|Ph.D Thesis||Department of Biomedical Engineering|
|Supervisors:||Assoc. Prof. Levenberg Shulamit|
|Prof. Emeritus Dinnar Uri|
|Full Thesis text|
Embryonic stem cells may be used as a source of cells for tissue engineering due to their capacity for long-term self-renewal and their ability to differentiate into specialized cell types. Controlled differentiation may be achieved by using proper temporal and spatial signals from the surrounding microenvironment. Conventional cell culture methods such as culture dishes do not permit the regulation of the cell microenvironment. Microscale approaches can be used to control culture conditions at cellular length scale and perform high-throughput experimentation, thereby providing a suitable tool to study cell-microenvironment interactions in vitro.
In this study, a variety of novel micro-fabricated devices have been developed, tested and analyzed for the study of cells, particularly human embryonic stem cells (HESC). Theoretical analysis and experimental results were used to determine the required conditions for culture within constant perfusion micro-bioreactors and the long-term culture of human fibroblasts cells was demonstrated. However, HESC culture using a constant perfusion system was unsuccessful since HESC are highly sensitive to flow. In order to overcome this problem, two novel approaches were developed. The first is the periodic flow stop method in which cell are exposed to a short pulse of flow followed by a long incubation period. The second approach for HESC culture, in which cells are trapped within micro cavities of different sorts within the bioreactor which help protect them against shear induced by the flow culture was characterized and developed. It was shown that by proper design, the developed systems enable the culture of undifferentiated HESC colonies in a microchannel bioreactor.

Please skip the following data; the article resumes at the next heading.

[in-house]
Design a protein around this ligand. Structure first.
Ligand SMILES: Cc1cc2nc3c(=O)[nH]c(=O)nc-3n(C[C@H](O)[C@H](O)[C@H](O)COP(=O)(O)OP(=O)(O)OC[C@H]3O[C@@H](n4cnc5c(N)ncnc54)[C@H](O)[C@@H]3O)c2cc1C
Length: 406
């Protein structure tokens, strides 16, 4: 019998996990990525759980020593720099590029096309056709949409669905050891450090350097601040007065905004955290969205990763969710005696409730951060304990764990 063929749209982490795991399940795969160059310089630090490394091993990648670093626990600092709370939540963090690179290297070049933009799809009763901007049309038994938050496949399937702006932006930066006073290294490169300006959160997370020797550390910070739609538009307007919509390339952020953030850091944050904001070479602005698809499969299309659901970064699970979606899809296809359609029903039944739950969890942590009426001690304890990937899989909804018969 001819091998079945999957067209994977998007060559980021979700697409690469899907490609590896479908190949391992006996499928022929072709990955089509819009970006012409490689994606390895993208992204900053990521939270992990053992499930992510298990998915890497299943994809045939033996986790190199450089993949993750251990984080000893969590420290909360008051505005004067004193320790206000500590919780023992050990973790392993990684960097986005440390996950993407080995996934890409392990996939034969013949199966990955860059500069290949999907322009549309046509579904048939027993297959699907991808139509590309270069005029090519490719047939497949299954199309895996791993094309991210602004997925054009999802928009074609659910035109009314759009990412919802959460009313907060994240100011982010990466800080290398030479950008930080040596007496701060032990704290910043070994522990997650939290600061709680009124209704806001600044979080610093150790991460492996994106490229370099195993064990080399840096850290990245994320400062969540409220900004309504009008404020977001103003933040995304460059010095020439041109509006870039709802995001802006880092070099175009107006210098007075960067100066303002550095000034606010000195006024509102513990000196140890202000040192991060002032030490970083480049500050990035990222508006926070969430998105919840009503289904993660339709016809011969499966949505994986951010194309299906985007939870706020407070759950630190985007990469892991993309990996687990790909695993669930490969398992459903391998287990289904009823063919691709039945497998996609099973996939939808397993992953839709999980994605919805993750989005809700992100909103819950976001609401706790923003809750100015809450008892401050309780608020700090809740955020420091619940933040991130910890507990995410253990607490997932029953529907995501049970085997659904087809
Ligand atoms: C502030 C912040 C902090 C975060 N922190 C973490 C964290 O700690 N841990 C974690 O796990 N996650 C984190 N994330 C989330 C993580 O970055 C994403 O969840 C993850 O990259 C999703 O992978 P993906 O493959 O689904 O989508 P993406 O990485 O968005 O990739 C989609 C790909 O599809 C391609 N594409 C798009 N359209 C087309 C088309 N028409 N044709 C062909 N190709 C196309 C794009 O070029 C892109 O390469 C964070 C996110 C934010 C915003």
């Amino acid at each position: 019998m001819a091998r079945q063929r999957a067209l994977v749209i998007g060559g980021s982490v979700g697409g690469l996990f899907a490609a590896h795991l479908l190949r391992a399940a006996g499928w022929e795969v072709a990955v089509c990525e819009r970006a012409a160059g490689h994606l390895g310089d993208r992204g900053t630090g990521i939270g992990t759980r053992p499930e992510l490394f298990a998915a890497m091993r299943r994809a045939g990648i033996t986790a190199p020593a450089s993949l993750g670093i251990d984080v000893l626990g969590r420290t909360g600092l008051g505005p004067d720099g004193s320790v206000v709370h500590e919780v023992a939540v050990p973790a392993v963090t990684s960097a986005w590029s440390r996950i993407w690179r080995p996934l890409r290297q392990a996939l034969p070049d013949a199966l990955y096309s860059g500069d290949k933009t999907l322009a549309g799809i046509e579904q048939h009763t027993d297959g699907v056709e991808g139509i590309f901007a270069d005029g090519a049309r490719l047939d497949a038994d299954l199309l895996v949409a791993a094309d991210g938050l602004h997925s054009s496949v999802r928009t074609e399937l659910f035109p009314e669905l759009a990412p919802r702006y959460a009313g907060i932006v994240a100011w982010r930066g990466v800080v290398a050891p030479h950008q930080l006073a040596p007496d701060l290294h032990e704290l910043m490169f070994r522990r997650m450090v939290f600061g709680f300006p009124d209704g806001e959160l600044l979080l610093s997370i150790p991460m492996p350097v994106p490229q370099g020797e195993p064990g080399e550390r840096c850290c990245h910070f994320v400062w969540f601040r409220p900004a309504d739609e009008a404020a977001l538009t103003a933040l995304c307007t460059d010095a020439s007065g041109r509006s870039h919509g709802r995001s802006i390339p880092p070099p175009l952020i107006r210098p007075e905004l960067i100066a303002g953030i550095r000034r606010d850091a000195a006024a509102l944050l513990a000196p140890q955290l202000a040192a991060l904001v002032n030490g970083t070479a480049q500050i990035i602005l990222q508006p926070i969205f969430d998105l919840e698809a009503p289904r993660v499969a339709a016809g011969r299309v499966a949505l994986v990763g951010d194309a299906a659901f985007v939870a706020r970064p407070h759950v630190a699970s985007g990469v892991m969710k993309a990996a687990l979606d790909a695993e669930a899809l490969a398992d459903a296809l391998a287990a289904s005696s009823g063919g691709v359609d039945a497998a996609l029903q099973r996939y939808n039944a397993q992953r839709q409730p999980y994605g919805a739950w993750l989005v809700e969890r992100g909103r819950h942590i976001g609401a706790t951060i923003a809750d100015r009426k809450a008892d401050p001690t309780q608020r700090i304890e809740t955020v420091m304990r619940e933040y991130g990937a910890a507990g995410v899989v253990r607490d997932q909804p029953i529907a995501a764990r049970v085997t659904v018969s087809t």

Additionally, a novel focused laminar flows apparatus was developed and studied both experimentally and theoretically. Due to the laminar flow existing in microfluidics (or low Reynolds numbers) it is possible for two or more streams to flow side by side without any mixing except by diffusion. Based on this phenomenon it is possible to regulate the exact concentration of reagents conveyed to cells inside the microfluidic network. It was also demonstrated that the streams location and width could be accurately controlled using a novel apparatus and a detailed analysis of the system demonstrated the mechanisms involved and offers tools for accurately designing such devices. Altogether, our results show that micro-scale approaches and micro-bioreactors are a novel emerging technology for HESC studies and applications.